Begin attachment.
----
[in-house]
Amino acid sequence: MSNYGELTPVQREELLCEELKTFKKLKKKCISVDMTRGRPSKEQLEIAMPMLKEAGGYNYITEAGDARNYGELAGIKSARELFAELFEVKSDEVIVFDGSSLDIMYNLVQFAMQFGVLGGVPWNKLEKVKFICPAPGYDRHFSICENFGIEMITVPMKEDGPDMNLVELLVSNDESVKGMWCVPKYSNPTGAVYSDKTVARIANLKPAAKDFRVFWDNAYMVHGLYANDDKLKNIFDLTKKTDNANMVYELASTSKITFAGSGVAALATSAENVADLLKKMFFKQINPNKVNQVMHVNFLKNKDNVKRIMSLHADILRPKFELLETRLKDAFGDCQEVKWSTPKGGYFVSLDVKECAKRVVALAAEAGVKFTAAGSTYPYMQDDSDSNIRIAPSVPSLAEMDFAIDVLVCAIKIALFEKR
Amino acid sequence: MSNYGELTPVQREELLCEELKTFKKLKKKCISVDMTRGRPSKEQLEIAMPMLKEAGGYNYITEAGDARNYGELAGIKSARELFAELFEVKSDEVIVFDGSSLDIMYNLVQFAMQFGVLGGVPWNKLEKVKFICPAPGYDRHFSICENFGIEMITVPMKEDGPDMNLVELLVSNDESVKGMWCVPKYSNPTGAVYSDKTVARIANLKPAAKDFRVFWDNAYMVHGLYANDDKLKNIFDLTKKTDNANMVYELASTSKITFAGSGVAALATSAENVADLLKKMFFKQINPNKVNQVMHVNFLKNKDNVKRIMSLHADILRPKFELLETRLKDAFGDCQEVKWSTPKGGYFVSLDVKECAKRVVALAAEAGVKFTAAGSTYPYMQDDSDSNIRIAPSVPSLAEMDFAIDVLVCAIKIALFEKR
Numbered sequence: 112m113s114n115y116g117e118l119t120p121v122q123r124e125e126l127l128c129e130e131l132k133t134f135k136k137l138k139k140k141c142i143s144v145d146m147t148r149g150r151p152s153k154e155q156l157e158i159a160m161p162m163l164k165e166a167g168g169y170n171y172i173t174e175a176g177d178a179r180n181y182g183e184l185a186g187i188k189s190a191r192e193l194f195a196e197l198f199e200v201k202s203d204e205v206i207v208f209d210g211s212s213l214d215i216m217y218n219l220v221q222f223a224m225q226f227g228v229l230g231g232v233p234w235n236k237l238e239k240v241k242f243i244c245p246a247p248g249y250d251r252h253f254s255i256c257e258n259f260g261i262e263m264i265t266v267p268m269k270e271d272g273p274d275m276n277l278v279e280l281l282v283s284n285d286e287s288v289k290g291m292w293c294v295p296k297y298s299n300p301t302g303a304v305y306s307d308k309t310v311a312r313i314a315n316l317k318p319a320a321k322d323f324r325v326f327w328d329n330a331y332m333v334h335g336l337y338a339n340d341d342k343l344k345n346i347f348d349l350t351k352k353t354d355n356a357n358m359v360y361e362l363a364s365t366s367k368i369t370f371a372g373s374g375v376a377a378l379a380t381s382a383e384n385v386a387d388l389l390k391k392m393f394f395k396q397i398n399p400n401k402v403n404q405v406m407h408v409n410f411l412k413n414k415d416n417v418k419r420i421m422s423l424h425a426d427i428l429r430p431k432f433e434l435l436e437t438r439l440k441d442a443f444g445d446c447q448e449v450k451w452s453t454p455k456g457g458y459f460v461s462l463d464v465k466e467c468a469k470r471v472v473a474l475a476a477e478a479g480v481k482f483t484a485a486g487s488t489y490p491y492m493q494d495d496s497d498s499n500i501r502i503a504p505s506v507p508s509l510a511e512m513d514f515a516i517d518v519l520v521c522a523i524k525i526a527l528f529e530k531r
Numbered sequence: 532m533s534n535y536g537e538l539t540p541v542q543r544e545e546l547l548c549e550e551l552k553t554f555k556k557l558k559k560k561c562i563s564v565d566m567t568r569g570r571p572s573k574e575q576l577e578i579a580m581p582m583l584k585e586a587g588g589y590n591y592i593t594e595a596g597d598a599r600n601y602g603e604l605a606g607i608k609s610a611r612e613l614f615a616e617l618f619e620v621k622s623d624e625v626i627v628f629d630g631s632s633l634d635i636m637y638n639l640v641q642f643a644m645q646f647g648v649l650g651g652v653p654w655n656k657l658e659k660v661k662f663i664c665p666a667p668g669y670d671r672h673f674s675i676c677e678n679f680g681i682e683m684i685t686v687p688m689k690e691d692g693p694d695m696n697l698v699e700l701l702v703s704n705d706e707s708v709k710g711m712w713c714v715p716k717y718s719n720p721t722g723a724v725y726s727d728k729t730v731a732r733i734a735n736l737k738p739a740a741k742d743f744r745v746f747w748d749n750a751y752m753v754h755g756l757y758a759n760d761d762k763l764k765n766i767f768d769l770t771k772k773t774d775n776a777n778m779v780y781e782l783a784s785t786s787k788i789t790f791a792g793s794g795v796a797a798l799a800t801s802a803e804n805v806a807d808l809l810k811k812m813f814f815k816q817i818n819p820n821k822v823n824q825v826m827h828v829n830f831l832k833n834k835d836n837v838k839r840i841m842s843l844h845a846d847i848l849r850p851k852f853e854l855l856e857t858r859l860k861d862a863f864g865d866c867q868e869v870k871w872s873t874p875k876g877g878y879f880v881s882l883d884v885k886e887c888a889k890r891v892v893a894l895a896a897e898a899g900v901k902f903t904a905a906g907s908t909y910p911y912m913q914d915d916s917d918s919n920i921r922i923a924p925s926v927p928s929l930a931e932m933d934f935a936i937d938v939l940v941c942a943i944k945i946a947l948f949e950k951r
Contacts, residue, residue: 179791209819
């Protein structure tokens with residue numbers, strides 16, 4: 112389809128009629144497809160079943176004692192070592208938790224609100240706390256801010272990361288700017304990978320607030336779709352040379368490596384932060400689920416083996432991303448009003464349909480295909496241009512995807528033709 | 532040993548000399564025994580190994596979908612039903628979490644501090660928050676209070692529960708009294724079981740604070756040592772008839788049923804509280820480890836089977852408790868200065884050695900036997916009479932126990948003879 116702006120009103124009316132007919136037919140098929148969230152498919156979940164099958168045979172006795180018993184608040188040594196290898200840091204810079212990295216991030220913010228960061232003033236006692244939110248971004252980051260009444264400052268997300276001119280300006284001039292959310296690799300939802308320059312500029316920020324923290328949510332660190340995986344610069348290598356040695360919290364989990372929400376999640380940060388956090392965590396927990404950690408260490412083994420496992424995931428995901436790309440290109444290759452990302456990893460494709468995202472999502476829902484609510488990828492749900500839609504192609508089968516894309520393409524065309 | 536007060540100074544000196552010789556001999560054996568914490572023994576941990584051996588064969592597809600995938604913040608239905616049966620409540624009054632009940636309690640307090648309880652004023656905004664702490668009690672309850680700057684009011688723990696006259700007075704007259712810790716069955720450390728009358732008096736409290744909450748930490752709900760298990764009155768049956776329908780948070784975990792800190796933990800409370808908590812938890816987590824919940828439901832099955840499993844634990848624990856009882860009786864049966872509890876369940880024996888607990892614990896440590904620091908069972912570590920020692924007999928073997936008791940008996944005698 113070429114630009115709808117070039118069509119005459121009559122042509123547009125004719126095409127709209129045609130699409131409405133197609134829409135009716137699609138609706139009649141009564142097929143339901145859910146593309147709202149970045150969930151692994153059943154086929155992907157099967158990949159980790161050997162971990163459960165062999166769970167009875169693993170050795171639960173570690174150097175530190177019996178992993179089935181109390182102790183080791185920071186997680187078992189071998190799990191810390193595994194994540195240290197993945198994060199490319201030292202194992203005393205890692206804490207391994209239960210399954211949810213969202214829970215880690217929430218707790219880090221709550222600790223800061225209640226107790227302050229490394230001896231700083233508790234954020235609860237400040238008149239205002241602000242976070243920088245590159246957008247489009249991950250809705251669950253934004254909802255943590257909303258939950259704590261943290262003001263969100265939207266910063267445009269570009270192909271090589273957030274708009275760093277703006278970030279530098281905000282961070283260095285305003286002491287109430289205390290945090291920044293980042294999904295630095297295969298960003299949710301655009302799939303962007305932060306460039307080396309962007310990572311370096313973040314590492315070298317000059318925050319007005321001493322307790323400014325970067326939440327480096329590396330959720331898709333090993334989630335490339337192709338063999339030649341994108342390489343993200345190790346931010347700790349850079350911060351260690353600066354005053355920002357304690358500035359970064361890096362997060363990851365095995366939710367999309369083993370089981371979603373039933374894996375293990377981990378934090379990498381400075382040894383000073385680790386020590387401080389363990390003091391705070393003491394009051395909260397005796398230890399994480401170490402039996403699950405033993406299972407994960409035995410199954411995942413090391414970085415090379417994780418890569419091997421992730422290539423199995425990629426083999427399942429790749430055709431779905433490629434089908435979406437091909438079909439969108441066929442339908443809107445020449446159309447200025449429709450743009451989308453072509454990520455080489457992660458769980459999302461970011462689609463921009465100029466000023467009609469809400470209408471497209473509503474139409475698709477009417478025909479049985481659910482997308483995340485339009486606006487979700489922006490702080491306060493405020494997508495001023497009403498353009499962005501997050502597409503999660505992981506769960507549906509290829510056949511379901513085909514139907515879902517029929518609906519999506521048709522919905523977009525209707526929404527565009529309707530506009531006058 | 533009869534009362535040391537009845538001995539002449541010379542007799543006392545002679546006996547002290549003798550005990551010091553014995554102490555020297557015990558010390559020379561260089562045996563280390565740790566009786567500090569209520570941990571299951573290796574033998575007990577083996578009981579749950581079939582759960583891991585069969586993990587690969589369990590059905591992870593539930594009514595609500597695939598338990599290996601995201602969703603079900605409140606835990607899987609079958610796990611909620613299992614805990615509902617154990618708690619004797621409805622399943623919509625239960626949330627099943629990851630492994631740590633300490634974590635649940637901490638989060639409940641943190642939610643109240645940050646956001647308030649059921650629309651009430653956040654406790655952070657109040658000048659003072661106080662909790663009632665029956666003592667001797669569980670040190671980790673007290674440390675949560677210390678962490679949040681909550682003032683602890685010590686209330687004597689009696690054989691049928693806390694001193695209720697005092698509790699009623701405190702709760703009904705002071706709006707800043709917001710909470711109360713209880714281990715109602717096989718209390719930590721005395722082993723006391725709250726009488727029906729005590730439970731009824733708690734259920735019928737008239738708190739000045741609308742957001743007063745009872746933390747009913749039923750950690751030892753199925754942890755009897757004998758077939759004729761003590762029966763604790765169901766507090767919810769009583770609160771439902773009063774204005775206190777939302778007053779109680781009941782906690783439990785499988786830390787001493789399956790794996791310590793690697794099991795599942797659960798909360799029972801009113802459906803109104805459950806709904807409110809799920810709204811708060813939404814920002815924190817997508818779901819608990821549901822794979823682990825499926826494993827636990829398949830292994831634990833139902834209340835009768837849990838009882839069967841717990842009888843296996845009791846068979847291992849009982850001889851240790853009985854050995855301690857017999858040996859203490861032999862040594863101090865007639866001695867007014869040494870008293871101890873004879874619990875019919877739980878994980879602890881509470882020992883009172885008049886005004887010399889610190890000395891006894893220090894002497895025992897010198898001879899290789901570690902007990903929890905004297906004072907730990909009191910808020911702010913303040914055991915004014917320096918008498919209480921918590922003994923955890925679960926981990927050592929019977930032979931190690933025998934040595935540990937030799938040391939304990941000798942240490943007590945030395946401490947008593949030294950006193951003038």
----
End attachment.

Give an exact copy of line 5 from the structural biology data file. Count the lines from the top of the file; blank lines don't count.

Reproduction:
Numbered sequence: 532m533s534n535y536g537e538l539t540p541v542q543r544e545e546l547l548c549e550e551l552k553t554f555k556k557l558k559k560k561c562i563s564v565d566m567t568r569g570r571p572s573k574e575q576l577e578i579a580m581p582m583l584k585e586a587g588g589y590n591y592i593t594e595a596g597d598a599r600n601y602g603e604l605a606g607i608k609s610a611r612e613l614f615a616e617l618f619e620v621k622s623d624e625v626i627v628f629d630g631s632s633l634d635i636m637y638n639l640v641q642f643a644m645q646f647g648v649l650g651g652v653p654w655n656k657l658e659k660v661k662f663i664c665p666a667p668g669y670d671r672h673f674s675i676c677e678n679f680g681i682e683m684i685t686v687p688m689k690e691d692g693p694d695m696n697l698v699e700l701l702v703s704n705d706e707s708v709k710g711m712w713c714v715p716k717y718s719n720p721t722g723a724v725y726s727d728k729t730v731a732r733i734a735n736l737k738p739a740a741k742d743f744r745v746f747w748d749n750a751y752m753v754h755g756l757y758a759n760d761d762k763l764k765n766i767f768d769l770t771k772k773t774d775n776a777n778m779v780y781e782l783a784s785t786s787k788i789t790f791a792g793s794g795v796a797a798l799a800t801s802a803e804n805v806a807d808l809l810k811k812m813f814f815k816q817i818n819p820n821k822v823n824q825v826m827h828v829n830f831l832k833n834k835d836n837v838k839r840i841m842s843l844h845a846d847i848l849r850p851k852f853e854l855l856e857t858r859l860k861d862a863f864g865d866c867q868e869v870k871w872s873t874p875k876g877g878y879f880v881s882l883d884v885k886e887c888a889k890r891v892v893a894l895a896a897e898a899g900v901k902f903t904a905a906g907s908t909y910p911y912m913q914d915d916s917d918s919n920i921r922i923a924p925s926v927p928s929l930a931e932m933d934f935a936i937d938v939l940v941c942a943i944k945i946a947l948f949e950k951r